Wheeling officials hope to break ground on the $3.3 million J.B. Chambers Recreation Park this month - but today, East Wheeling's future field of dreams is overgrown with weeds.
The unsightly vegetation on the city-owned lots, several feet high in some spots, seems to run afoul of Wheeling's own ordinance against out-of-control overgrowth. City code states no property owner "shall permit ... any weeds, deleterious and unhealthful growth, or any noxious matter" to grow on any lot or sidewalk in the city. The law does not specify a minimum height that constitutes a violation.
But with City Council expected to award the contract to build the park to James White Construction of Weirton on Tuesday, Public Works Director Russell Jebbia said the city likely will let the contractor deal with the weeds. He cited safety concerns due to open foundations and the uneven nature of the property.
Photo by Ian Hicks
Weeds have overgrown the city-owned lots where the planned East Wheeling J.B. Chambers Recreation Park is to be built over the coming months.
"It's not something we can go in and mow with a tractor. ... Somebody could get hurt," he said.
City officials purchased dozens of houses on the block bounded by 15th, 16th, Wood and McColloch streets - including three using eminent domain - and demolished them to make way for the new park. A number of those properties were in deplorable condition, blighted by years of vacancy and neglect. But one East Wheeling resident, who asked not to be identified, said Wednesday those structures provided a more pleasant view than the overgrowth that's since taken their place.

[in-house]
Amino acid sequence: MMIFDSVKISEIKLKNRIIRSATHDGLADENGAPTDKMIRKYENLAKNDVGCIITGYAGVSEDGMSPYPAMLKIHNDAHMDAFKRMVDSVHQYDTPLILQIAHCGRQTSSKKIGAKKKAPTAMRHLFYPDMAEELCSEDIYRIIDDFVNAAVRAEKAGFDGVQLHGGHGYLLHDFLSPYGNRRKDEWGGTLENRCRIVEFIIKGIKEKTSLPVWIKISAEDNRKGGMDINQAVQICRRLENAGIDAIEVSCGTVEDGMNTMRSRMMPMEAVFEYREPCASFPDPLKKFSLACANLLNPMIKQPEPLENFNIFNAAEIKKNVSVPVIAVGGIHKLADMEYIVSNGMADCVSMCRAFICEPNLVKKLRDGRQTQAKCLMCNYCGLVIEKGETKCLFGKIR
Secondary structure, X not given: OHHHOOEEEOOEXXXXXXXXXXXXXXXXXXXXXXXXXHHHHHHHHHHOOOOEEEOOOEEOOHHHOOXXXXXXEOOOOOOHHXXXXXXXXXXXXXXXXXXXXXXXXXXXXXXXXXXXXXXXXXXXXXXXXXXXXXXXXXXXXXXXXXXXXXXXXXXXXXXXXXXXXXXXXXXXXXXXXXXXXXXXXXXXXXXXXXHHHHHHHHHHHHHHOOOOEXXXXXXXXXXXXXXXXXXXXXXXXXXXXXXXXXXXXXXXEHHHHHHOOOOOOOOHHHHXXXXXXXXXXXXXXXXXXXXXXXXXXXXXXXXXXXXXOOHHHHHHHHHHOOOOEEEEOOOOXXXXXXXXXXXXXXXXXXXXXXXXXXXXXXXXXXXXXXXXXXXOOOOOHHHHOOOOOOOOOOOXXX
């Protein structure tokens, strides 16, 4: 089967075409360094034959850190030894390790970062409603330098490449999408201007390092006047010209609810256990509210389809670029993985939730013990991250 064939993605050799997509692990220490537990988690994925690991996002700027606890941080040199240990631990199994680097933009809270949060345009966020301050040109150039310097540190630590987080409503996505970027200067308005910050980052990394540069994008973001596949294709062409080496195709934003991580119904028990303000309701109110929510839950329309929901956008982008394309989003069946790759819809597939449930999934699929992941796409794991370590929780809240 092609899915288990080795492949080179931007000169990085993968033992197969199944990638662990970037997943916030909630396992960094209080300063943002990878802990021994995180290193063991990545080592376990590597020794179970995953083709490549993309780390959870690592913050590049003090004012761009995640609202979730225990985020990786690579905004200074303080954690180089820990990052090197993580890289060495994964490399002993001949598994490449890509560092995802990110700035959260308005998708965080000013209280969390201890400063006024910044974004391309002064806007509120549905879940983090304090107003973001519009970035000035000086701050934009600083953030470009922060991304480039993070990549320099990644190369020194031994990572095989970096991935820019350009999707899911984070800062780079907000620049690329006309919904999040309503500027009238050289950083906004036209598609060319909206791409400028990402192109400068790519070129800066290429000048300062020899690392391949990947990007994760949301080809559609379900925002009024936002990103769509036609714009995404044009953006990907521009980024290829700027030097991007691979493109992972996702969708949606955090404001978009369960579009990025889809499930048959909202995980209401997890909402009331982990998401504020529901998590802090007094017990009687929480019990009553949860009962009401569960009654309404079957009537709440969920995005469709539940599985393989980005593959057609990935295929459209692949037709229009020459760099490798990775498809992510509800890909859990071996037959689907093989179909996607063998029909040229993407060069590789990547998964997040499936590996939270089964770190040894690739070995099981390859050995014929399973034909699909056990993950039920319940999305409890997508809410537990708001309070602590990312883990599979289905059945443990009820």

"The city was so embarrassed (about the houses) ... that they tore them down and let the weeds grow. ... You could hide Cox's army in there and you'd never see them," she said.
Jebbia said he had heard of no complaints from residents about the weeds. City Manager Robert Herron could not be reached for comment.
In addition to awarding the $2.08 million in construction contracts, council also will vote on legislation authorizing the city to borrow up to $1.15 million for the project, representing about one-third of the overall cost for the park. The city has received $1.25 million in private donations for the project that will be used to pay back the loan - but some of those contributions will be made in yearly installments, so the city needs the money now to begin construction.
Plans for the park include a lighted, artificial turf field suitable for football, soccer, lacrosse and softball.